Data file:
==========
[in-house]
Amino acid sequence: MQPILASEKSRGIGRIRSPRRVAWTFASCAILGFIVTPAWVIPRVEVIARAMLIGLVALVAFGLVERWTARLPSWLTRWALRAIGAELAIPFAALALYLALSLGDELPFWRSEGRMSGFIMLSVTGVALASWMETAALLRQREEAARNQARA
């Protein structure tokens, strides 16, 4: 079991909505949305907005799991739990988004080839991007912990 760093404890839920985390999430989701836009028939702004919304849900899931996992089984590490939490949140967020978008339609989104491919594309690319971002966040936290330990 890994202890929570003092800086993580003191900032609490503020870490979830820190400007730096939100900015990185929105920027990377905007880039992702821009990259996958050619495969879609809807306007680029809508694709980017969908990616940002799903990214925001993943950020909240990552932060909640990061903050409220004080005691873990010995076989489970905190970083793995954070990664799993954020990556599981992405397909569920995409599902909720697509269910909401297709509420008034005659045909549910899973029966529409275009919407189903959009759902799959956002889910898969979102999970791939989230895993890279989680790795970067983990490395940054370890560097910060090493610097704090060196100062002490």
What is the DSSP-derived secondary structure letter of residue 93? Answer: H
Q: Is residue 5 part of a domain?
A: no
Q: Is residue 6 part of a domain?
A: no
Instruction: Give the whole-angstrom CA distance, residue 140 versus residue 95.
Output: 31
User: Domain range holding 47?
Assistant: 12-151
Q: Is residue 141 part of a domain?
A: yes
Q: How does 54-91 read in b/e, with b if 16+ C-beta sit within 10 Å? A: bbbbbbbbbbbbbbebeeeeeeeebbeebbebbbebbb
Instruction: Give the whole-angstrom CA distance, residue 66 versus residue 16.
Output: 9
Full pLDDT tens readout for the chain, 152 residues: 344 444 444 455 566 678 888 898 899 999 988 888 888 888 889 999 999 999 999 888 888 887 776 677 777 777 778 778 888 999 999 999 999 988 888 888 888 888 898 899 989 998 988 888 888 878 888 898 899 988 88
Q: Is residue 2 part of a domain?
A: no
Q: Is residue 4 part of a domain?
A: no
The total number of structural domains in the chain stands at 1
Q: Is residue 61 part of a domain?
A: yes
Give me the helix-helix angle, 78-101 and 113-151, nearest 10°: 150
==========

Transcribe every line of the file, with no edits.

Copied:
[in-house]
Amino acid sequence: MQPILASEKSRGIGRIRSPRRVAWTFASCAILGFIVTPAWVIPRVEVIARAMLIGLVALVAFGLVERWTARLPSWLTRWALRAIGAELAIPFAALALYLALSLGDELPFWRSEGRMSGFIMLSVTGVALASWMETAALLRQREEAARNQARA
């Protein structure tokens, strides 16, 4: 079991909505949305907005799991739990988004080839991007912990 760093404890839920985390999430989701836009028939702004919304849900899931996992089984590490939490949140967020978008339609989104491919594309690319971002966040936290330990 890994202890929570003092800086993580003191900032609490503020870490979830820190400007730096939100900015990185929105920027990377905007880039992702821009990259996958050619495969879609809807306007680029809508694709980017969908990616940002799903990214925001993943950020909240990552932060909640990061903050409220004080005691873990010995076989489970905190970083793995954070990664799993954020990556599981992405397909569920995409599902909720697509269910909401297709509420008034005659045909549910899973029966529409275009919407189903959009759902799959956002889910898969979102999970791939989230895993890279989680790795970067983990490395940054370890560097910060090493610097704090060196100062002490």
What is the DSSP-derived secondary structure letter of residue 93? Answer: H
Q: Is residue 5 part of a domain?
A: no
Q: Is residue 6 part of a domain?
A: no
Instruction: Give the whole-angstrom CA distance, residue 140 versus residue 95.
Output: 31
User: Domain range holding 47?
Assistant: 12-151
Q: Is residue 141 part of a domain?
A: yes
Q: How does 54-91 read in b/e, with b if 16+ C-beta sit within 10 Å? A: bbbbbbbbbbbbbbebeeeeeeeebbeebbebbbebbb
Instruction: Give the whole-angstrom CA distance, residue 66 versus residue 16.
Output: 9
Full pLDDT tens readout for the chain, 152 residues: 344 444 444 455 566 678 888 898 899 999 988 888 888 888 889 999 999 999 999 888 888 887 776 677 777 777 778 778 888 999 999 999 999 988 888 888 888 888 898 899 989 998 988 888 888 878 888 898 899 988 88
Q: Is residue 2 part of a domain?
A: no
Q: Is residue 4 part of a domain?
A: no
The total number of structural domains in the chain stands at 1
Q: Is residue 61 part of a domain?
A: yes
Give me the helix-helix angle, 78-101 and 113-151, nearest 10°: 150